The ‘‘Phase Model of Change’’ –  a famous model in psychotherapy – says that change in overall functioning in life, including interpersonal problems, occurs during later phases of therapy. Well-being and symptoms take precedence. Social problems may last long, but this cross-sectional Slovakian study showed it’s worth asking drug users about their relationships. Intrusiveness and affectionate support seem to be the key players.

Read More: http://informahealthcare.com/doi/abs/10.3109/14659891.2013.790496

Honor pot: testing doctors’ drug counselling skills in a new pilot study in Ireland

In our new new paper, we outline plans for doing a study which should tell us whether doctors and agonist patients accept psychological interventions as means of curbing alcohol in primary care; it should also tell us whether we can do more research on this topic in Ireland. Access the full protocol here  http://www.researchprotocols.org/2013/2/e26/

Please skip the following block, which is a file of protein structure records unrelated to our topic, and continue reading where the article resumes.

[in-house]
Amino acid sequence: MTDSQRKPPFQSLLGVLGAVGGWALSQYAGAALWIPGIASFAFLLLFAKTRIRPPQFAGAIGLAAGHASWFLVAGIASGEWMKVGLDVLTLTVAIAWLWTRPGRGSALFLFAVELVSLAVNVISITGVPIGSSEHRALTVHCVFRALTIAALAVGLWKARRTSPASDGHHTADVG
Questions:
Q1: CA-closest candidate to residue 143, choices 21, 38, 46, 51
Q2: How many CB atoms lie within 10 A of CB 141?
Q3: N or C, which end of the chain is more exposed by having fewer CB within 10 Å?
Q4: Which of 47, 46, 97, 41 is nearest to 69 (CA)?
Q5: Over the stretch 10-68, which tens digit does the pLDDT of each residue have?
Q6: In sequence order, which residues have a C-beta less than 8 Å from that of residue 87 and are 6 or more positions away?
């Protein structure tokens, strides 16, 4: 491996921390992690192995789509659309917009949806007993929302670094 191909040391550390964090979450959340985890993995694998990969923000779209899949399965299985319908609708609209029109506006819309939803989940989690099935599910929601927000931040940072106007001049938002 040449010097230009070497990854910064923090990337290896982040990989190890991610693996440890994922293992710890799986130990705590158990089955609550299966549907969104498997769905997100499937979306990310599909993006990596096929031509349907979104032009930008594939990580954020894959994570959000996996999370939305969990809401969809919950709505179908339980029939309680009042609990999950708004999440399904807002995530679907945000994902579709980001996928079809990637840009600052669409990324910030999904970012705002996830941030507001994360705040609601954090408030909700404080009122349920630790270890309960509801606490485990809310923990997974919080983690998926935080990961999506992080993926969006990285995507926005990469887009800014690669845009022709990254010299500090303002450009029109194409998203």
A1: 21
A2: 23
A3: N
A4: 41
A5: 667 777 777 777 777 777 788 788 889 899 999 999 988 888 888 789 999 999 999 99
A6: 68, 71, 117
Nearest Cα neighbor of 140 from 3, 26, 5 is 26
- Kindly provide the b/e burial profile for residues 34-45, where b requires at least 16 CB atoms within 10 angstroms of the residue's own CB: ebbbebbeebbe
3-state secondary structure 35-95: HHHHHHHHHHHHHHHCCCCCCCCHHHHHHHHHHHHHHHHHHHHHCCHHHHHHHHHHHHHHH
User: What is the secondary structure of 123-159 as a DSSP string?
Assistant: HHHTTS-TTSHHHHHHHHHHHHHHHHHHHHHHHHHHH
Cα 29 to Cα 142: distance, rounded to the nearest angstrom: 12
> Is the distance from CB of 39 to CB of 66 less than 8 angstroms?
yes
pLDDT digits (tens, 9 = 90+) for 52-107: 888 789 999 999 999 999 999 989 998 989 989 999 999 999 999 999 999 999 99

For some people, publishing research protocols is not fun because of two reasons:

  1. everybody knows what you’re doing
  2. you have to do what you said – everybody knows now.

However tough for researchers, these two reasons make publicly available research protocols the best way to achieve transparency in research. Transparent research is in line with ethical principles of research conduct and makes an honorable contribution to the scientific knowledge – to the honor pot. Together with accountability, it should be the core pillar of scientific discovery.

If these safeguards fail, we may see more instances of academic fraud and data falsification, such as Diederik Stapels’. The social psychology community has been embarassed by the revelation that Diederik Stapels made up the data for his papers.  The NY Times link provides a detailed analysis of the Stapels and his academic fraud.

Helping agonist patients with alcohol problems: A NEW guide for primary care staff

What should doctors do differently when screening for alcohol use and delivering brief interventions for agonist patients in primary care? General principles remain the same like for other people, but:
  1. the screening and treatment processes should be more systematic and proactive in all problem drug users, especially in those with concurrent chronic illnesses or psychiatric co-morbidity,
  2. lower thresholds should be applied for both identification and intervention of problem alcohol use and referral to specialist services,
  3. special skills and specialist supervision is required if managing persistent/dependent alcohol use in primary care.